Excerpts from the blog Fixing the Wi-Fi mess at Starbucks had to be one of the things on Howard Schultz's "to-do" list when he jumped back...

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Excerpts from the blog

Fixing the Wi-Fi mess at Starbucks had to be one of the things on Howard Schultz’s “to-do” list when he jumped back in to right the ship. I wonder if he’ll be tempted to go overboard.

Apple enthusiasts are fired up because it gives them more places to get acceptable download speeds with their iPhones. Starbucks will also have the flexibility to do more content deals like its iTunes click-to-buy offering.

It’s a good deal for AT&T and its customers, but this is really all about Starbucks. It’s fixing a problem at the chain, pulling more customers into the stores and creating new opportunities.

I remember when the Tully’s near my house began offering free Wi-Fi a year or two back. The store is across the street from a Starbucks (and three doors down from another Starbucks, and kitty-corner from Peet’s and Caffe Lladro, but that’s another story … ).

The Tully’s manager told me sales went up about 20 percent after the store switched from paid to free Wi-Fi. But he had some issues with Starbucks customers who would carry their coffee over to his store and poach the wireless service.

Starbucks was probably getting a cut of the $6 per hour or $40 per month that T-Mobile USA charged for wireless in its stores, but that pricey service was driving foot traffic to other stores. The arrangement made more sense in the early days of wireless when it was more expensive to provide the service, but those times have passed.

When it came time to renegotiate, it was probably hard for T-Mobile to compete with AT&T, which is hell-bent on extending its data services. Starbucks must also be looking for ways to be sure its stores still offer value when consumers cut back on spending during the downturn. First, it experiments with $1 coffees, and now essentially free wireless.

But the genius of the deal is the way Starbucks is authenticating its wireless customers. To get the Wi-Fi, you’ll have to “check in” with a Starbucks card. That gives Starbucks a big new opportunity to upsell, an opportunity that’s far bigger than the iTunes deal.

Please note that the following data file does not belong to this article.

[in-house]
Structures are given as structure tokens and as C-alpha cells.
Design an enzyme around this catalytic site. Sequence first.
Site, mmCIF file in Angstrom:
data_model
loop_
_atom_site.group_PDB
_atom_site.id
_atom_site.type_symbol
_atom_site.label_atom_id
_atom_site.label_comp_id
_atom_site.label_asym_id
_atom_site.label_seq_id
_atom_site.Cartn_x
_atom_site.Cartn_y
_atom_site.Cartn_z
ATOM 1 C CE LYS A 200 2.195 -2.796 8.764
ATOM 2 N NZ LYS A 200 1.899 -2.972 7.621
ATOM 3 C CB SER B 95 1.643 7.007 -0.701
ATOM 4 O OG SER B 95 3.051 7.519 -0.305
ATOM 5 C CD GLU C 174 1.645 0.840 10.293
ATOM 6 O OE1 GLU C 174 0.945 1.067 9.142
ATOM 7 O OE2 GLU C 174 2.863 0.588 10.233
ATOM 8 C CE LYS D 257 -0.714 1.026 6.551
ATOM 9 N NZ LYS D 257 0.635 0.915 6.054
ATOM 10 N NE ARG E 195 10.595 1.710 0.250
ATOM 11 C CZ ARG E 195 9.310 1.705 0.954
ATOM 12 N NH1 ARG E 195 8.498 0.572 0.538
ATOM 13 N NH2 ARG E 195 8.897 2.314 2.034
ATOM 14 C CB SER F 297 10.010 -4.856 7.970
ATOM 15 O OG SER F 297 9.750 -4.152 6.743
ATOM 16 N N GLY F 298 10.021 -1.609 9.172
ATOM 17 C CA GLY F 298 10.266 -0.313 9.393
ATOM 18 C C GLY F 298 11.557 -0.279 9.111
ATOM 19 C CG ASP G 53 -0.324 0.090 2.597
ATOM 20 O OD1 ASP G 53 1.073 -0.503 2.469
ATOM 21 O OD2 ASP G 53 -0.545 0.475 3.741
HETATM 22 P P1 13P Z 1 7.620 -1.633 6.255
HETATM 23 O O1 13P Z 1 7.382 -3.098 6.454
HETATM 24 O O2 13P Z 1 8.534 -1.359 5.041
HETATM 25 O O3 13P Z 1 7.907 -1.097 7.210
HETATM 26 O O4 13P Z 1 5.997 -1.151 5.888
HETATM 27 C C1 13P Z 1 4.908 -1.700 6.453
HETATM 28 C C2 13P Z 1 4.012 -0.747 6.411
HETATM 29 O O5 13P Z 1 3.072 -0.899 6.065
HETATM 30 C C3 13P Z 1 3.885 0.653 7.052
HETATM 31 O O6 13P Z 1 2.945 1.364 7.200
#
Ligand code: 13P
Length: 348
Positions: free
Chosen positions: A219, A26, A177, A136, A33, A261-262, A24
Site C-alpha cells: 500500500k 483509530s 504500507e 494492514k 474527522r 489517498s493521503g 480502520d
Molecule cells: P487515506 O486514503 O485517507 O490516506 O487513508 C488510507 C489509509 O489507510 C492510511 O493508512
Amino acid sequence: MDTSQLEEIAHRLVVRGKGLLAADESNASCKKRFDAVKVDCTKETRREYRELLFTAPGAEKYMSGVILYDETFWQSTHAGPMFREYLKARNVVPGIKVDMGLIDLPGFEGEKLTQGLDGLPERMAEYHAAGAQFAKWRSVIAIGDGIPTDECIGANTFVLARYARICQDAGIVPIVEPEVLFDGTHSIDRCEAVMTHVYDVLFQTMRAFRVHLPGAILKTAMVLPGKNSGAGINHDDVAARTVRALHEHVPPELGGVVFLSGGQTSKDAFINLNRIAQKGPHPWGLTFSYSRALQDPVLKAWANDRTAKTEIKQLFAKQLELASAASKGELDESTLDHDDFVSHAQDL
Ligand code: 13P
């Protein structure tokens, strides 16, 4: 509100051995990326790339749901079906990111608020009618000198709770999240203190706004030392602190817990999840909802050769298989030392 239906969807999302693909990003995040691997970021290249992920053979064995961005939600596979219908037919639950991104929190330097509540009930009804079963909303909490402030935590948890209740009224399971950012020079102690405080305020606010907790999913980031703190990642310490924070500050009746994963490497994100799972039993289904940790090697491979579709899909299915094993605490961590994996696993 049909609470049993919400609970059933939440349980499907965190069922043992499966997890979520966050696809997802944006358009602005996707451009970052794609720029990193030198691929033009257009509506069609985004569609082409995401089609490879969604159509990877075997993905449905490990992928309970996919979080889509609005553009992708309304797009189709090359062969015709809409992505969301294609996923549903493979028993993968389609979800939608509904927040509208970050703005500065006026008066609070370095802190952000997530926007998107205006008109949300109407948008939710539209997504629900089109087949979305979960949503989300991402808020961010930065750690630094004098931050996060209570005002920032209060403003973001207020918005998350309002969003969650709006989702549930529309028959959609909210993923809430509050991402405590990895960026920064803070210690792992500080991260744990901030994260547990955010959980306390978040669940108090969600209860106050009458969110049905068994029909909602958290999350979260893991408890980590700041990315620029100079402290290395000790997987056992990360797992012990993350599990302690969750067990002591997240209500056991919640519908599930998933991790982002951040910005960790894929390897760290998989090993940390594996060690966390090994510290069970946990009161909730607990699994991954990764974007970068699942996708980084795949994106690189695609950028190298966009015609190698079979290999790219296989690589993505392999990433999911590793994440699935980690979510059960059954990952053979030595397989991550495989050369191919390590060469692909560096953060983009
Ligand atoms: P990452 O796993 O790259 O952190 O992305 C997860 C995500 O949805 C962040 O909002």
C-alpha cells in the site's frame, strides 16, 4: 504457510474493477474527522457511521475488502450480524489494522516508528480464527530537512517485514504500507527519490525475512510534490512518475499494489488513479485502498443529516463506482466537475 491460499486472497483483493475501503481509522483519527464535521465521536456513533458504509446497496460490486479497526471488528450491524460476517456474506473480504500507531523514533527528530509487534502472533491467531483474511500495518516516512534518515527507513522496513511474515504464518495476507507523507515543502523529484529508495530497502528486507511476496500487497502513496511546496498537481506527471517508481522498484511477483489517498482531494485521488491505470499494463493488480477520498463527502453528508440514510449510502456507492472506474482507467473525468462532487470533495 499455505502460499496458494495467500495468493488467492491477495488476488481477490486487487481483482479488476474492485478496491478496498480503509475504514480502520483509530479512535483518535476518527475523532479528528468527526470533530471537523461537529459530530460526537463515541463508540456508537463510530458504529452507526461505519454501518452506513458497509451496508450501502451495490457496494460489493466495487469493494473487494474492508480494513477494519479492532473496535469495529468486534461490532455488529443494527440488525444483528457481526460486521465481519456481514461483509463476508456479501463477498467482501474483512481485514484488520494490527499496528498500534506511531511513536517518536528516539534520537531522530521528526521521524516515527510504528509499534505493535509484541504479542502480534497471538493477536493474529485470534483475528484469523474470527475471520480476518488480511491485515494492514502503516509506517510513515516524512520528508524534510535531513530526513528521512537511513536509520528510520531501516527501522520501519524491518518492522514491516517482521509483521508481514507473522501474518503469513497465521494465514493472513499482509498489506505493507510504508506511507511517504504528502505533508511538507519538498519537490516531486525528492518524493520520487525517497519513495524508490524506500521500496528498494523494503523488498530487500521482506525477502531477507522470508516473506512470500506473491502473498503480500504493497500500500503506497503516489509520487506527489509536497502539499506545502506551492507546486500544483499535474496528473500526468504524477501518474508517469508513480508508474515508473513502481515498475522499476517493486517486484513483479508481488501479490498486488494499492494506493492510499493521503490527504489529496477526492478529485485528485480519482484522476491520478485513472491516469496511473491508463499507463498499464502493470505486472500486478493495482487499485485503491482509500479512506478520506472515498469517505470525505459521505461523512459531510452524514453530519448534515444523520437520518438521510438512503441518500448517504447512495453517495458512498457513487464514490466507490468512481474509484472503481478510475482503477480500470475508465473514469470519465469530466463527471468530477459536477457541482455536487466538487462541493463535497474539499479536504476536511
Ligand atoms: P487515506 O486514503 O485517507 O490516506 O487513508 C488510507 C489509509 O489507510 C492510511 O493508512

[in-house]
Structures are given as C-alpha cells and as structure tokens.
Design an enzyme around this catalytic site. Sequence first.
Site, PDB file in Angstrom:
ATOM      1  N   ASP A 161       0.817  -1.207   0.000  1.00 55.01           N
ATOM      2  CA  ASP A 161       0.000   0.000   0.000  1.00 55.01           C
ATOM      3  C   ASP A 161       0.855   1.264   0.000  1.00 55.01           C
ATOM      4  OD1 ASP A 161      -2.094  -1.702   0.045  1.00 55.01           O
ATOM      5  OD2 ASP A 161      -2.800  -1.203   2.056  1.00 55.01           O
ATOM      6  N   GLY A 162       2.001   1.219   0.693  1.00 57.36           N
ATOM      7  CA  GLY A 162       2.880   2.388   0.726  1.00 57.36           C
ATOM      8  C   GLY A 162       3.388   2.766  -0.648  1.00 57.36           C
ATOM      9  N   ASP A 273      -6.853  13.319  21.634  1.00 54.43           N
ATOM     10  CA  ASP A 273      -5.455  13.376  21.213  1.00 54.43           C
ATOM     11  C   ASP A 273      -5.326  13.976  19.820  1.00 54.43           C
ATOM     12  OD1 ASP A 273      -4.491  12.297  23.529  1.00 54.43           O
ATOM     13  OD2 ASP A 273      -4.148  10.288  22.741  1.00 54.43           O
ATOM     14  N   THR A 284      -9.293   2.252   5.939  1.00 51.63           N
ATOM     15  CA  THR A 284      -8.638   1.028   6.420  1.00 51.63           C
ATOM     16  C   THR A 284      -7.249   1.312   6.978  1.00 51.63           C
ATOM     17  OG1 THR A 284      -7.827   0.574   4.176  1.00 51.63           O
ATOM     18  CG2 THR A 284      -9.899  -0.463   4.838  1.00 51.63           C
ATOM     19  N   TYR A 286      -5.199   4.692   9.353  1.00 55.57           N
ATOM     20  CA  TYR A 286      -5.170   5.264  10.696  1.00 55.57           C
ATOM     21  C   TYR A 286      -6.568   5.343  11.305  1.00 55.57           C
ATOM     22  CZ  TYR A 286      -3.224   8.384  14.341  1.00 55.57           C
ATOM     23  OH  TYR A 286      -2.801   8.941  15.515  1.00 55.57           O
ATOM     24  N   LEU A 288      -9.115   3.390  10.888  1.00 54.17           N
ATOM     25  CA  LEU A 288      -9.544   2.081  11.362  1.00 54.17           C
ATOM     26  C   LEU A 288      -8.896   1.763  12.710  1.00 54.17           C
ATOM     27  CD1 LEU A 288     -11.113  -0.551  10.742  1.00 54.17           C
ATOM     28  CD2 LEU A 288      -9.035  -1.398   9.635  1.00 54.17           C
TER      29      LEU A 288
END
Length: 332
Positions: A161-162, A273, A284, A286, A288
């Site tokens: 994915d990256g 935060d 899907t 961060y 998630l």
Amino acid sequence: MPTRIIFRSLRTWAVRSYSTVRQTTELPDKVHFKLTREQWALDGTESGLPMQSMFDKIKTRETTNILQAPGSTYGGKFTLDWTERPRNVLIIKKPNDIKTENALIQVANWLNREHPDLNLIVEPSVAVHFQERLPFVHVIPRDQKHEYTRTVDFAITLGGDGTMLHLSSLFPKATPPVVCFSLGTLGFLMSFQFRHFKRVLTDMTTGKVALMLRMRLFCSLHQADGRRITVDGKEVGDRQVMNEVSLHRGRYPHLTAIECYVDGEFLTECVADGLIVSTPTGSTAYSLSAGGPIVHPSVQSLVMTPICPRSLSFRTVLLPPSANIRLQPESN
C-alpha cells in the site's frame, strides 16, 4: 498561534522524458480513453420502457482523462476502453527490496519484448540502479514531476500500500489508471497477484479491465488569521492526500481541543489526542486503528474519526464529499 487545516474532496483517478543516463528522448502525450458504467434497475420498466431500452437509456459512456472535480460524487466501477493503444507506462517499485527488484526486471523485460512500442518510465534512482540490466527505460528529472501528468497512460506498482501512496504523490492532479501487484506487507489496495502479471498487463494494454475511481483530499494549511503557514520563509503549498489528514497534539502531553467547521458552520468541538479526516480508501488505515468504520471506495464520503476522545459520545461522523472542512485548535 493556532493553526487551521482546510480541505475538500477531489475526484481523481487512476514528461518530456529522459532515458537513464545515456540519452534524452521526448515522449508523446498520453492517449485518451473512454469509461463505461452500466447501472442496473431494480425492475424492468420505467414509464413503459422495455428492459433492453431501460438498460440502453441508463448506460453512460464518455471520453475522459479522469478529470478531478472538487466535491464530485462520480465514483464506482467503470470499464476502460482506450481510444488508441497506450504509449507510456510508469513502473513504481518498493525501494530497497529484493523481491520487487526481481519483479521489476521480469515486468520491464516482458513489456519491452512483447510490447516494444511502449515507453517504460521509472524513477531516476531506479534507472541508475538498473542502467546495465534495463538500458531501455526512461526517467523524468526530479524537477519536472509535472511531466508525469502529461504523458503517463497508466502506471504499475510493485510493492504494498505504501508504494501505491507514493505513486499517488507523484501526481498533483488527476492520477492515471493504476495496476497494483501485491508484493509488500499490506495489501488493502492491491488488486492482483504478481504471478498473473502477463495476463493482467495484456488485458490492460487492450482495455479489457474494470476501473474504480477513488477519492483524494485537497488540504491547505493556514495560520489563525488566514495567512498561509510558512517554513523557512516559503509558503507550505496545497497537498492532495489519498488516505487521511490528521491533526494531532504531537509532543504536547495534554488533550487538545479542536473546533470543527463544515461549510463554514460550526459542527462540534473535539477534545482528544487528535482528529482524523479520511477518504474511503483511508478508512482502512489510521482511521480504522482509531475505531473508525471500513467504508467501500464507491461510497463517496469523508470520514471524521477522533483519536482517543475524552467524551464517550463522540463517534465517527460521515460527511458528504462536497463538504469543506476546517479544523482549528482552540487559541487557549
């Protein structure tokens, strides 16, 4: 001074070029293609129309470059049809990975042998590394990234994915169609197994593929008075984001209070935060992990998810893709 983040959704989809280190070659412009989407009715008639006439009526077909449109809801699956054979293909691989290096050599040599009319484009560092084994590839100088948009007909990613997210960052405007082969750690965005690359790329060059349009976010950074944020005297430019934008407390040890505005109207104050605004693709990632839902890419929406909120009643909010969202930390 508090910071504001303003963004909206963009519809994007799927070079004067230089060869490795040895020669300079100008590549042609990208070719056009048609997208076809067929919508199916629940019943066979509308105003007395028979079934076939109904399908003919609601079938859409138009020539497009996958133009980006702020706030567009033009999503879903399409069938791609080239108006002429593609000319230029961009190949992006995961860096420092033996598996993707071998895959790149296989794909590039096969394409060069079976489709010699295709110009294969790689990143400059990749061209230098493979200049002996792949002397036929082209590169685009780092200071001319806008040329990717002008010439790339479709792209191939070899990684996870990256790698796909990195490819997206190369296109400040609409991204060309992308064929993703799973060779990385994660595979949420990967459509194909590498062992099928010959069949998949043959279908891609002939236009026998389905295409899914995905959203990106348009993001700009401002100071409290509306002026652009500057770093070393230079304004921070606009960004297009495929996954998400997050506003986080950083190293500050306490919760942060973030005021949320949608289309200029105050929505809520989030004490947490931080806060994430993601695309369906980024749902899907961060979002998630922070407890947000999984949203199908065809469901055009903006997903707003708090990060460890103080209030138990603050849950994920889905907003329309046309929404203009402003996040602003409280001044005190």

In effect, the Wi-Fi becomes a storefront within a store, with a built-in transaction system. When you fire up the laptop or mobile device, Starbucks could greet you with a welcome screen that identifies you by name if you use a credit card to load your Starbucks card. That screen can be used to offer music and other content — maybe even to order additional beverages. You’ve signed on with your Starbucks card, so it knows how much credit you have, and the amount can be deducted from your card.

That system would be so potent, it could tempt Starbucks to interrupt your browsing with offers. There may even be ads luring you back to the Wi-Fi storefront. That seems fair during the two free hours, but it would be obnoxious for those who pay for longer usage.

AT&T broadband customers, who are getting free access at Starbucks stores under the deal, may resent commercial intrusions into a service they feel they paid for through their AT&T subscriptions.

But if Starbucks gets obnoxious with wireless come-ons, you should be able to walk across the street and find a more-palatable wireless service.

Venture-capital outlook guardedly hopeful

The newly named Washington Technology Industry Association, formerly known as WSA, released its inaugural venture-capital outlook survey Wednesday, and found financiers are cautiously optimistic about deal quantity and quality but have ongoing concerns about finding talented executives.

Highlights from the study, which was sponsored by Ernst & Young and Perkins Coie:

On the economy: “The biggest challenge for the investment environment in the first quarter appears to be the deteriorating public markets and the outlook for the overall economy, which could affect follow-on financing rounds and company exits.”

On valuations: “Survey results indicate that existing portfolio companies will continue to see positive revenue and employment growth for the first quarter. Fifty percent of the respondents state revenue growth will be moderately better than the fourth quarter of 2007; and 88 percent indicated a work force growth of more than 10 percent.”

This material has been edited for print publication.

Brier Dudley’s blog appears Thursdays. Reach him at 206-515-5687 or bdudley@seattletimes.com.